By Brandon Loomis
State snowplow drivers aren’t the only ones loading Adirondack waterways with salt, researchers and advocates said at a gathering of lake associations Wednesday.
State highways get the most road salt per mile and are therefore the focus in efforts to reduce salt pollution across the Adirondack Park. But in certain highly salinized locations such as Lake Placid’s waterfont, village and private actions to confront snow and ice can take a serious ecological toll, Brendan Wiltse of the Ausable River Association said at the Adirondack Lakes Alliance’s annual symposium at Paul Smith’s College.
Mirror Lake, smaller than Lake Placid’s namesake but front and center on its urban edge, has a watershed that is 27 percent developed, Wiltse said. That compares to 1 percent at the larger adjacent lake – Lake Placid – and 8 percent at Lake George.
“That development is concentrated right on the shore of the lake,” Wiltse said.
It means heavily salted sidewalks and parking lots funnel meltwater to Mirror Lake through the same stormwater culverts as the state highway that runs through town. The village has three times more parking pavement than state-maintained roads.
The result is a lake with steadily increasing salt loads that already are hundreds of times denser than in the 1970s and are hindering the normal seasonal mixing that oxygenates water for lake trout.
Wiltse’s continuing water sampling indicates that by summer’s end there’s only about ten feet of ideal habitat for adult lake trout below the lake’s surface – and none for young trout.
“It’s your business. Your driveway. Your sidewalk,” Wiltse said. “I would encourage everyone to think about your salt and using less, or getting your application to zero.”
Asked about suitable salt substitutes for snow removal,” Lake George Waterkeeper Chris Navitsky said: “Muscle.”
Just as road crews are being asked to get ahead of storms by plowing early and applying brine to keep ice from bonding to pavement, residents, businesses and contractors need to be diligent, he said. Driving on snow and compacting it can lead to more salt use after it’s iced up.
But Navitsky and his colleagues at the Fund for Lake George don’t advocate alternative products because their effects may be untested or even worse than salt, he said. Some organic compounds have sugars that can contribute to dangerous algae blooms.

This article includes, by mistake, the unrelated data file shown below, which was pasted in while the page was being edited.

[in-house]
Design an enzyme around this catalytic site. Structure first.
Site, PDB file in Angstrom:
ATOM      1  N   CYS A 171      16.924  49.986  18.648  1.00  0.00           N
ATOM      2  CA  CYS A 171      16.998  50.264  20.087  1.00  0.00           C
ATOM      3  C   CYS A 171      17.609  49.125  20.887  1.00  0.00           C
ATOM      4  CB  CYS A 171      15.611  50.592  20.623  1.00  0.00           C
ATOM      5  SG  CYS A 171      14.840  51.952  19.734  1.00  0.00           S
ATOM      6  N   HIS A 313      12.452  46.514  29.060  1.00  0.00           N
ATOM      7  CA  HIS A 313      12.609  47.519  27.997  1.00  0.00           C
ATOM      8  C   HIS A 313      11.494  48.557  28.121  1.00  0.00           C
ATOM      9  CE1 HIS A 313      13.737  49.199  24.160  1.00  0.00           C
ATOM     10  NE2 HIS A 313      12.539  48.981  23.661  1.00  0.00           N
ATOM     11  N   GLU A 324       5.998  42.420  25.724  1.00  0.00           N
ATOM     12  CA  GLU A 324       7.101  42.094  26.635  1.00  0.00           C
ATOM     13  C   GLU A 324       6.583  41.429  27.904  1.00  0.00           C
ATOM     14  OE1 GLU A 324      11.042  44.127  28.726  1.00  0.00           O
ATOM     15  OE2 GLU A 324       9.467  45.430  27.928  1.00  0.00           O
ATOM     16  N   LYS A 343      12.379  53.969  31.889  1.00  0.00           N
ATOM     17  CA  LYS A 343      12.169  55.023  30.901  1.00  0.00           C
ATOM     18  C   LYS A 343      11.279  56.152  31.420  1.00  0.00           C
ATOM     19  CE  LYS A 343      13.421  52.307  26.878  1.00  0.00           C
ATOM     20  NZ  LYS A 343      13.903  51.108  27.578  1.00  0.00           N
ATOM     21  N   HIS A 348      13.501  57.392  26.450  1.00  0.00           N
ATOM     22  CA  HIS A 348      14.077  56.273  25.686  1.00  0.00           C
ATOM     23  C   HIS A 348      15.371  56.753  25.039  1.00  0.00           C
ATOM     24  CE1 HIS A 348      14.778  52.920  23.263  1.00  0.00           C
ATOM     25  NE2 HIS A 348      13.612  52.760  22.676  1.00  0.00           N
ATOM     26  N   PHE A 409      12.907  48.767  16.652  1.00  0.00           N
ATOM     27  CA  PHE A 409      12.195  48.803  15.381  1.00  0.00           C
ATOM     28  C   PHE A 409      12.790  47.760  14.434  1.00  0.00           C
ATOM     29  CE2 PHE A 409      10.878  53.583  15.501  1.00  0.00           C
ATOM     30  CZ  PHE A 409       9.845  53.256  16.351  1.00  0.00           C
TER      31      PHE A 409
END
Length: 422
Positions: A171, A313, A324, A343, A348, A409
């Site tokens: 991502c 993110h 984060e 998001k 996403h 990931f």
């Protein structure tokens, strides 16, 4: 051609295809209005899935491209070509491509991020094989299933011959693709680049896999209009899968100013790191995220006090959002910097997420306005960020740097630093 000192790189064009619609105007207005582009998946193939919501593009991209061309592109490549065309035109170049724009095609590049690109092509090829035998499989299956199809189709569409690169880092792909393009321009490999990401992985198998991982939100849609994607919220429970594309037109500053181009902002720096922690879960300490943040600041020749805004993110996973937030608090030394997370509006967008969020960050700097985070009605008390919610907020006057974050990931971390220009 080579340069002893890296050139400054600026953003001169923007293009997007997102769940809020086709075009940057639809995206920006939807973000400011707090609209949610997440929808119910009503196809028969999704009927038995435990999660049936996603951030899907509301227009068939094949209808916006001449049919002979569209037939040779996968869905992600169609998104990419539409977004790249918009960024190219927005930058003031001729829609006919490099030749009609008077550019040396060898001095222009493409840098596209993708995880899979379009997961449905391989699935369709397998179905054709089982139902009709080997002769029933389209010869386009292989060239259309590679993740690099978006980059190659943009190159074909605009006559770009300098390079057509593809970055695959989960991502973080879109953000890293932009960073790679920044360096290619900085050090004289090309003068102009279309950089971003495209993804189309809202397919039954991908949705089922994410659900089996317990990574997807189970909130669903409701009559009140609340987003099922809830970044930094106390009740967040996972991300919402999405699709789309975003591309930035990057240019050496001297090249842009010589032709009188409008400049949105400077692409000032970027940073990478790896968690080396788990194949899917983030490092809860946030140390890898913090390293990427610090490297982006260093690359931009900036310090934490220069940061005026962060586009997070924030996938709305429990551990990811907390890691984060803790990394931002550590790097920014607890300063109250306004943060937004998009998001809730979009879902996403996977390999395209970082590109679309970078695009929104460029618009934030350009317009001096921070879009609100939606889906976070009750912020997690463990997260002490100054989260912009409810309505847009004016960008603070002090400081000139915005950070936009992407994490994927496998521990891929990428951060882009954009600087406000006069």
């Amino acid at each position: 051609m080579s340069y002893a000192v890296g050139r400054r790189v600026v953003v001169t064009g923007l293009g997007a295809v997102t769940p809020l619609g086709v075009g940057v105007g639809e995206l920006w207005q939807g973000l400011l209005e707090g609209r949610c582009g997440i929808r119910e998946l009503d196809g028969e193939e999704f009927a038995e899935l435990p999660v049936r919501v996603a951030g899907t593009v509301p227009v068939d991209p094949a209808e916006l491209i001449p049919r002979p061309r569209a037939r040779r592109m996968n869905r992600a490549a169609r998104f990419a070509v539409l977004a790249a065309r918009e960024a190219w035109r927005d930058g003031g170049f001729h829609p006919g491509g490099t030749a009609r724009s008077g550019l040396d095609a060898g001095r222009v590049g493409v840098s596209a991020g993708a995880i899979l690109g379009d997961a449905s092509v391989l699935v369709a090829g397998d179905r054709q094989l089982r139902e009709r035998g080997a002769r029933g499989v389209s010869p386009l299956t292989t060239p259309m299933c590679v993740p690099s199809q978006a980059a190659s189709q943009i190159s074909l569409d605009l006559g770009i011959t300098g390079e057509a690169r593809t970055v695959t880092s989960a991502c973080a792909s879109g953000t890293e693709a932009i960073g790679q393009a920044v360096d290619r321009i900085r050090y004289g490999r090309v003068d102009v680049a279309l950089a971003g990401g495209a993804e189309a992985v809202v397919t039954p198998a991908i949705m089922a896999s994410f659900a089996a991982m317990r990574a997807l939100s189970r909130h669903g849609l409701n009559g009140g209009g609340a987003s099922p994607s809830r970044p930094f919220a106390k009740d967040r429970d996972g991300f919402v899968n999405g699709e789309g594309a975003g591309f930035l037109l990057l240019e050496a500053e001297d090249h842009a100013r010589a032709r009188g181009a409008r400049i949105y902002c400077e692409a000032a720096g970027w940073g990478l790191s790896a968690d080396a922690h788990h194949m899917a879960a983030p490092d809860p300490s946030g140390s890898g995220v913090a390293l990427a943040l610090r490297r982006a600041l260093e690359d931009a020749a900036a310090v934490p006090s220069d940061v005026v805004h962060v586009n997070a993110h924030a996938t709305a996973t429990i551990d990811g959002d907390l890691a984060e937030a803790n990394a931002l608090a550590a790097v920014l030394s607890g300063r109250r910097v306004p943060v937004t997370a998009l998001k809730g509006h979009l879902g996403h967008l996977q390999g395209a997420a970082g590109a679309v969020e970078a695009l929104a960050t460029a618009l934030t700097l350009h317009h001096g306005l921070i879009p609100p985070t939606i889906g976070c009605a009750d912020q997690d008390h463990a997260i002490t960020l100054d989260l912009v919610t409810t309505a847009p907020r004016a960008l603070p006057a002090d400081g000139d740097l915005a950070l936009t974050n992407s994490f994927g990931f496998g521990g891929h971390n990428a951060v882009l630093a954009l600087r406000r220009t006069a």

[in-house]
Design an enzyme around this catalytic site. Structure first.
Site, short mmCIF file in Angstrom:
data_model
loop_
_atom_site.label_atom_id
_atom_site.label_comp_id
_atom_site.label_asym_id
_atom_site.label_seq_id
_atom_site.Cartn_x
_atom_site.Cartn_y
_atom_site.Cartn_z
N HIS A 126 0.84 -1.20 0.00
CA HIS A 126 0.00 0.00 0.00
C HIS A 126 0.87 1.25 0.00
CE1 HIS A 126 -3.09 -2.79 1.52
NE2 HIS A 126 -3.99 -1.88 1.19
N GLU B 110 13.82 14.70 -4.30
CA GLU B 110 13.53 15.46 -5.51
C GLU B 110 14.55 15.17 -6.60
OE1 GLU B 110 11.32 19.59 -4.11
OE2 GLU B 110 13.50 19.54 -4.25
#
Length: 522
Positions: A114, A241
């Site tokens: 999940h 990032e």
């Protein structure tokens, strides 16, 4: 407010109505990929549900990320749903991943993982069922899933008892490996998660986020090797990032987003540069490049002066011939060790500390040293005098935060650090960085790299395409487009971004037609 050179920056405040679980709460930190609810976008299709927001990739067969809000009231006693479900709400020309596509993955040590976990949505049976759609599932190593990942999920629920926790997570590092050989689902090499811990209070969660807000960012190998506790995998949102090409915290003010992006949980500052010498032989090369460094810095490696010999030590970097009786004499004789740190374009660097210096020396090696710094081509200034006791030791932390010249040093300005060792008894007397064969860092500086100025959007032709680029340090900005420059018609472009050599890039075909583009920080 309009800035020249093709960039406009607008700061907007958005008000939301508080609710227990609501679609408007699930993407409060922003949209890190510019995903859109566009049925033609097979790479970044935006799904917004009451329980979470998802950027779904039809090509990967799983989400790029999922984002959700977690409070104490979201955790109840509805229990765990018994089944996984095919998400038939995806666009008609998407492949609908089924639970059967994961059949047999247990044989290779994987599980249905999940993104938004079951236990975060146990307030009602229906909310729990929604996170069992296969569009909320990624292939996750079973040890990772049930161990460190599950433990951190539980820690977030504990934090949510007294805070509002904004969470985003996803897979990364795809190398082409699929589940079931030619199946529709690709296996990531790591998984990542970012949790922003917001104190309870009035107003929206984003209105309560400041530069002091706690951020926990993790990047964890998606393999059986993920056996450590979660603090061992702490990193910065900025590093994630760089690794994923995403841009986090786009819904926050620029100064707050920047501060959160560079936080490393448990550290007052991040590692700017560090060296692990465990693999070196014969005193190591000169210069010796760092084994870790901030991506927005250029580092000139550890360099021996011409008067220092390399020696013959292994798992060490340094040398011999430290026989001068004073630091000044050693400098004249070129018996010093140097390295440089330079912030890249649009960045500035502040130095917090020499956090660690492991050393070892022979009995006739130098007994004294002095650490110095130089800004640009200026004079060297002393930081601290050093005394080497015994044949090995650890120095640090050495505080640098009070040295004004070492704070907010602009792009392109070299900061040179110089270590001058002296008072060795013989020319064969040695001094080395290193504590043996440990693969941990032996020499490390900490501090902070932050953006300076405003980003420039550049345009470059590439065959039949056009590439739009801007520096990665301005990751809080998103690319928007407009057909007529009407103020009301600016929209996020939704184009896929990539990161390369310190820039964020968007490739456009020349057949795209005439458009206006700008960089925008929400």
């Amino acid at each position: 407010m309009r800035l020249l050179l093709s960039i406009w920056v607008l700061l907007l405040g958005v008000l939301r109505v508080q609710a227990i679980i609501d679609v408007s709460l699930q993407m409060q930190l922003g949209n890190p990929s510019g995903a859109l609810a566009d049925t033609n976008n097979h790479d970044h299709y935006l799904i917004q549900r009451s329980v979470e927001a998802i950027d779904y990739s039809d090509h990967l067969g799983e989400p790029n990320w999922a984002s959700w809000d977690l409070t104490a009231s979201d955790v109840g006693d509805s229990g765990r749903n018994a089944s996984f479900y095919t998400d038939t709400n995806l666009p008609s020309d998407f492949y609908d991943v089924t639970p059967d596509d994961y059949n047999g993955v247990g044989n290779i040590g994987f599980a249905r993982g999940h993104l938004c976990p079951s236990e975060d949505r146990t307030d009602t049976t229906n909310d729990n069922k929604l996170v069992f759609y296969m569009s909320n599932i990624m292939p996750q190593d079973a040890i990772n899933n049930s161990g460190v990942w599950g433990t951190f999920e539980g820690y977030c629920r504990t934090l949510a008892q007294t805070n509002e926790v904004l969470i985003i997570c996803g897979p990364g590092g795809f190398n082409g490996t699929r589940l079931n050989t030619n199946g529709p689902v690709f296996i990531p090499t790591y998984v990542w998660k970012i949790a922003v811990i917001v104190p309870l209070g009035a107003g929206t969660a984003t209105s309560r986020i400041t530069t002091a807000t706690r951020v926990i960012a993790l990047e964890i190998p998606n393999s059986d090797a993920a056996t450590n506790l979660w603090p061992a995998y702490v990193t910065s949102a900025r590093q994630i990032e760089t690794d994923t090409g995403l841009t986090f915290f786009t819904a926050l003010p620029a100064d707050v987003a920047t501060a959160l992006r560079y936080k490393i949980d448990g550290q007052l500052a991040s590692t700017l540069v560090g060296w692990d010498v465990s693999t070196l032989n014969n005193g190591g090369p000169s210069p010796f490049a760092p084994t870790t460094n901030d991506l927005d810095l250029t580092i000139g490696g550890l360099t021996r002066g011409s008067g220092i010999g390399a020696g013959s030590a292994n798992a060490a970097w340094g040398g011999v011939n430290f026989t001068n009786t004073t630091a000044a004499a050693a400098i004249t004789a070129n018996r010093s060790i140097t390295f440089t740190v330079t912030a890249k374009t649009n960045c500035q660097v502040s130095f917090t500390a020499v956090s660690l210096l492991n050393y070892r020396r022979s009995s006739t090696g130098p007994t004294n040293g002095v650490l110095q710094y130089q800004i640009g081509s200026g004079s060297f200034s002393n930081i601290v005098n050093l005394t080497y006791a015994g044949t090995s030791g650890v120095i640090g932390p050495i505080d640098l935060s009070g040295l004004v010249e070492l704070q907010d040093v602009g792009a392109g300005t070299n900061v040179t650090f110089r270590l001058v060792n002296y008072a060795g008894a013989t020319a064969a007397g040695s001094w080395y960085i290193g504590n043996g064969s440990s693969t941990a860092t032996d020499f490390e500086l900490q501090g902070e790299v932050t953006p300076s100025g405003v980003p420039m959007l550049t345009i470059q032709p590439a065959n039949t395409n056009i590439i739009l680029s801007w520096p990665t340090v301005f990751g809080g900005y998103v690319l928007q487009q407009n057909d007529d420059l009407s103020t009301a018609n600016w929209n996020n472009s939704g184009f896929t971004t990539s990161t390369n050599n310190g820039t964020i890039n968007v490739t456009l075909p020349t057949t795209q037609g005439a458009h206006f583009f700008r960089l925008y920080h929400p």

Across the Adirondacks, New York State applies North America’s highest rate of salt – 38 tons per lane mile each winter – with clear correlations to stream, lake and well water contamination, said Dan Kelting, executive director of the Adirondack Watershed Institute at Paul Smith’s College.
The institute’s review 358 Adirondack wells found more than half of those tested downslope of state roads had sodium in levels beyond the federal guidelines for a low-sodium diet, while none downslope of unpaved local roads showed such results and 10 percent of those below paved local roads did.
But some people whose wells are above any roads still have salt contamination, Kelting said, perhaps because their own driveway or walkway salting is affecting their drinking source. Everyone has a role in reducing pollution.
For health, economic and environmental reasons, he said, “We need to act.”
Adirondack residents deal with contaminated wells
Davis Moquin says
Why does NYS have to be over the top when it comes to salt usage per mile? Other northern states do a very acceptable job keeping roads safe (a necessity for sure) at far less cost and destruction. Make reduction in road salt use per mile a part of the performance plan of highway superintendents at all levels of government in this state. Only then will a reduction in the profligate use of road salt become likely.
John Scales says
If the roads are not bare after a snow storm , the public complains of un-safe roads. The DOT reacts too people complaining and applies even more road salt. The state is very nervous about law suited. The driving public needs to slow down in winter weather and the DOT needs to use less salt.